HomeHampton TimesCommissioner Val Arkoosh updates seniors on state of Montgomery County

Commissioner Val Arkoosh updates seniors on state of Montgomery County

Matt Schickling, the Wire

Montgomery County Commissioner Val Arkoosh visited Rydal Park Retirement Community in Jenkintown last Thursday to deliver an unsurprising message: the county is doing well.

Arkoosh was handpicked by Commissioners Chairman Josh Shapiro and voted in by the County Court of Common Pleas judges in January to fill the seat of former commissioner Leslie Richards after she took a job with the Wolf administration as secretary of PennDOT.

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Arkoosh pointed to the 2011 election of Shapiro and Richards as commissioners as a major step to turning around Montgomery County finances.

“The county had a very significant operating deficit. There was so little cash in the bank for the county that they actually had to borrow money to make payroll in the first quarter of 2012,” she said. “In 2013 and 2014, we have actually run a surplus.”

In 2013, the surplus was $1.9 million, and $1.1 million in 2014. There was a deficit of $27 million in 2011 and $6.9 million in 2012.

Arkoosh claims that these gains were made through zero-based budgeting implemented in 2012, where commissioners approved each line item of a budget rather than approving a baseline created in previous years and moving forward.

“When Josh and Leslie came in, they asked each department head to start with not last year’s budget and build on it, but start with a blank piece of paper,” Arkoosh said. “Rather than just tweak around the edges, they took a fresh look.”

Apparently, they found that there was miscommunication among departments where many of them were doing the same things and other areas that could be consolidated and streamlined.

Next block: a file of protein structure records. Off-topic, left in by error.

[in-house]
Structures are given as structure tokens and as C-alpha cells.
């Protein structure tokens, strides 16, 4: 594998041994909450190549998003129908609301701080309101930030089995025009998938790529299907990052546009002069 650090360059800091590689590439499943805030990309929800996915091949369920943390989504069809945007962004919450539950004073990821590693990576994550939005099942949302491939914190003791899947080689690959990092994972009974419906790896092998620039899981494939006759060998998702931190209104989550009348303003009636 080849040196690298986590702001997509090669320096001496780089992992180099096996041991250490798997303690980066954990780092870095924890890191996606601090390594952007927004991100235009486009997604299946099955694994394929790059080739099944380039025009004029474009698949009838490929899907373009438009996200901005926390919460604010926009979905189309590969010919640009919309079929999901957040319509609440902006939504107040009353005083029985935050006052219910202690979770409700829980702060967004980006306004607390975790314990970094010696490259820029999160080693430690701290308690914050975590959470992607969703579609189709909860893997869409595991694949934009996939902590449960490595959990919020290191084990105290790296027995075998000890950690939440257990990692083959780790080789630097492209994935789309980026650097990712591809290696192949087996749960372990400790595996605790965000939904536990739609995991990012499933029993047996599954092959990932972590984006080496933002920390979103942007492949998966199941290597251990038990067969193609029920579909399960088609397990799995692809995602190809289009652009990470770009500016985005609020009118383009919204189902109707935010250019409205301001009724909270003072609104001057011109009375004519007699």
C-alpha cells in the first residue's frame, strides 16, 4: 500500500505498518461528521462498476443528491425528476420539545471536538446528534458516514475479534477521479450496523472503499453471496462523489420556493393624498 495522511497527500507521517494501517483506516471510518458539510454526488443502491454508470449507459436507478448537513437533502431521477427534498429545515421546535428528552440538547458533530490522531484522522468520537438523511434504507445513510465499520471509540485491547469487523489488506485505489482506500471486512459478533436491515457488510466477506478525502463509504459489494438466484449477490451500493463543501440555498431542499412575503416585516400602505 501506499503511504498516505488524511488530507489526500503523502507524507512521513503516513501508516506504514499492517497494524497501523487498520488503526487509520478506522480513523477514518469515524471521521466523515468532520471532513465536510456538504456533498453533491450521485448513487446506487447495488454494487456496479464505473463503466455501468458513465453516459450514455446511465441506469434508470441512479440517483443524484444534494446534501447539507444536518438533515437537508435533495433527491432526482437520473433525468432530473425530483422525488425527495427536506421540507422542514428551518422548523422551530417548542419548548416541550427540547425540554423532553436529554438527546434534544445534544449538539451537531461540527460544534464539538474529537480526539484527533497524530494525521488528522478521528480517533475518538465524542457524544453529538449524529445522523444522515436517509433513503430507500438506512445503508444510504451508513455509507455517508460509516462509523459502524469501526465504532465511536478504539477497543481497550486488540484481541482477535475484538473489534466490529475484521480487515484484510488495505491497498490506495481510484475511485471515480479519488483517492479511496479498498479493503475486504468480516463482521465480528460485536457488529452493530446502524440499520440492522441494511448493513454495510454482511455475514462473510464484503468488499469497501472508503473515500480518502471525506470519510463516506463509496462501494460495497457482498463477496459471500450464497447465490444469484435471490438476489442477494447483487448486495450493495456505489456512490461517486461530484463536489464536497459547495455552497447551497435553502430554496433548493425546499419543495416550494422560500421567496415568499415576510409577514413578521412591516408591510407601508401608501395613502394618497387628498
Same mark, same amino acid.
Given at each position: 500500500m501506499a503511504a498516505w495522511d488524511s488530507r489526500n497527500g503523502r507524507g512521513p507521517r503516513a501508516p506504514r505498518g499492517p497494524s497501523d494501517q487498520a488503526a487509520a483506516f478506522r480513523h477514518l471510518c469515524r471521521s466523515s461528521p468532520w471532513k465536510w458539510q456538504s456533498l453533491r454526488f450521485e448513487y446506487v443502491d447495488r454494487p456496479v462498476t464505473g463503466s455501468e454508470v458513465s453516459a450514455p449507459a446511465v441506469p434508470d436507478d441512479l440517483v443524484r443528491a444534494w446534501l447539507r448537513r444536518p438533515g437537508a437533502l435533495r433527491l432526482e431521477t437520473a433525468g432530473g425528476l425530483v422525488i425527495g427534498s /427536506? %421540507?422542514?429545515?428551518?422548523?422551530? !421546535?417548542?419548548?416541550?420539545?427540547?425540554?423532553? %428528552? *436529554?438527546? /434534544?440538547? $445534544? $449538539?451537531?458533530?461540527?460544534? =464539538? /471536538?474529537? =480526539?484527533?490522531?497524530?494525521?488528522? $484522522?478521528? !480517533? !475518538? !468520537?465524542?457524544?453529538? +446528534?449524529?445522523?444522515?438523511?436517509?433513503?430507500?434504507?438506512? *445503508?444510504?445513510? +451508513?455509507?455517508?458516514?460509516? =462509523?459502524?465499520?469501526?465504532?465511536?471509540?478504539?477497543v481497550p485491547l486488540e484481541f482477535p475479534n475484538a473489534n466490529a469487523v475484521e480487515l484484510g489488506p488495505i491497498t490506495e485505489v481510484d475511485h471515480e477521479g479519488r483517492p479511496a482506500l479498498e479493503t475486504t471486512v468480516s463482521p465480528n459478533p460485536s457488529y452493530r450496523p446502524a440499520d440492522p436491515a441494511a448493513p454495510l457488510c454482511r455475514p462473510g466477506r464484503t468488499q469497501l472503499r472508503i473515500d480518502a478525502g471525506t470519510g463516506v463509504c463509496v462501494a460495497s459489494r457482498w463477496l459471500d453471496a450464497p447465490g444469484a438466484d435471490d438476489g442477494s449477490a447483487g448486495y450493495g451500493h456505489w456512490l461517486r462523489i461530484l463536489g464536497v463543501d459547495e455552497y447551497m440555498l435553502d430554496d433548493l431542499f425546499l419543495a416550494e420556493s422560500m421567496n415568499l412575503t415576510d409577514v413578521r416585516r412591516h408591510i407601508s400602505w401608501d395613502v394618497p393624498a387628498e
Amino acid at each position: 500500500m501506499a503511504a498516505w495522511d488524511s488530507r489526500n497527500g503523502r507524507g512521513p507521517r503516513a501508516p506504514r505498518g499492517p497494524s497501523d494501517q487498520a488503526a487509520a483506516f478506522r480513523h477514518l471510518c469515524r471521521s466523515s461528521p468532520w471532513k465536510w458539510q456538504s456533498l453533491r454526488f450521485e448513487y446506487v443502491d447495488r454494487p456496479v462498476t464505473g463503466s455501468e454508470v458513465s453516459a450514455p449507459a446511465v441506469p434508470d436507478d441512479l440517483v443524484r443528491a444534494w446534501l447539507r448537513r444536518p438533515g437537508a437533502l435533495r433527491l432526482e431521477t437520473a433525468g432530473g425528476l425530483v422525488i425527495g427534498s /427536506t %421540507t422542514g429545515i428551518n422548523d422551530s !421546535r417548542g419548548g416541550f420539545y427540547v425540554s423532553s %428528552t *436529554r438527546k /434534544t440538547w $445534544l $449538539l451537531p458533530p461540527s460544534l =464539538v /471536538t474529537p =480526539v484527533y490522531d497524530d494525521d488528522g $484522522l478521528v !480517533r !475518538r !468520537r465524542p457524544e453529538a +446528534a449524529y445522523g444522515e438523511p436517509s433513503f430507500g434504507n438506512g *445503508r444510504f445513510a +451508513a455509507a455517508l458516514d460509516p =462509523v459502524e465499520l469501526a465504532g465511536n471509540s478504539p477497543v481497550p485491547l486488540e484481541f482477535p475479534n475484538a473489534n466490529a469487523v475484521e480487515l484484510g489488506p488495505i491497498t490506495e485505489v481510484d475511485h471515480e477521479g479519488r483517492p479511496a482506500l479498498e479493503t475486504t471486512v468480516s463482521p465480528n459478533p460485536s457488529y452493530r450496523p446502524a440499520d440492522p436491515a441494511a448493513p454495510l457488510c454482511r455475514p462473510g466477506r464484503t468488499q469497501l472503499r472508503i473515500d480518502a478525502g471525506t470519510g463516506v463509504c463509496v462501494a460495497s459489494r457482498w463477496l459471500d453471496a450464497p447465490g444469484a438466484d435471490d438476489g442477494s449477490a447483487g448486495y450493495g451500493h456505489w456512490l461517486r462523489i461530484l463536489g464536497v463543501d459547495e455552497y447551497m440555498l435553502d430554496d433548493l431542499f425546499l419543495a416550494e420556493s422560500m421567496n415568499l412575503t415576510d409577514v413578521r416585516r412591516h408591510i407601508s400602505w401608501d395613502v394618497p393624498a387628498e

Cleaning up the redundancy allowed the operating budget to fall, and the county was able to place a recommended 10 percent, or $40.2 million, aside in 2014 for a “rainy day fund” to be used in the event of future deficits or county emergencies.

The county’s debt also dropped. In 2012, the debt was at $417 million, and now is $385 million.

“[In 2012], the pension fund for our county employees was only 65 to 70 percent funded, and now it’s up to 93 percent,” she added.

Also, the property tax rate of $3.152 million in 2012, remains the same today.

Another topic Arkoosh touched on is the human services available in the county and how they were improved over the last three years.

“A person could need housing, they could need job training, they could need assistance with an elderly parent, and back in 2011, an individual would have had to call multiple places to get those services,” Arkoosh said. “Now we have a new program called Community Connections.”

The offices are staffed by what Shapiro called specially trained “navocates”, who both navigate the system for the client and advocate on his or her behalf to get the needed government services.

“There’s no wrong door for human services in this county,” Arkoosh said.

The Community Connections office in Eastern Montgomery County is located in Willow Grove.

Another consolidation effort is the Commerce Department’s Montgomery County To Business (MC2B) service, where businesses can seek assistance with financing, loans, on-the-job training, real estate and recruitment services.

MC2B is connected to Montgomery County Community College to direct students to areas where businesses need employees.

Arkoosh said that the 911 call centers have also been consolidated to one in Eagleville that dispatches people within the appropriate municipality to respond to emergencies.

“It was getting rid of a lot of that redundancy that helped us get those budget numbers that you saw,” she said.

Along with this, Montgomery County is working to make sure that municipalities interested in providing first-responders with Narcan, a prescription medicine that blocks respiratory depression during an overdose, can get it as quickly and affordably as possible. Abington Township recently authorized its police force to have it.

Arkoosh also touched on the Office of Aging and Adult Services in the county, which helps with fraud, scams and exploitation of seniors and helps prevent these things from happening in the first place.

“These things tend to come in spurts,” Arkoosh said.

She also mentioned TransNet, a shared ride program in Montgomery County that seniors receive a significant discount on. It can be used for anything from a doctors appointment to running errands.

The county also provides Medicare counseling, volunteer opportunities and various other programs for seniors.

“This is what works in a democracy, when everybody gets together and talks about these issues and expresses their opinions,” Arkoosh said. “It just makes me so happy to see all of you here today.”

For more information, visit www.montcopa.org.

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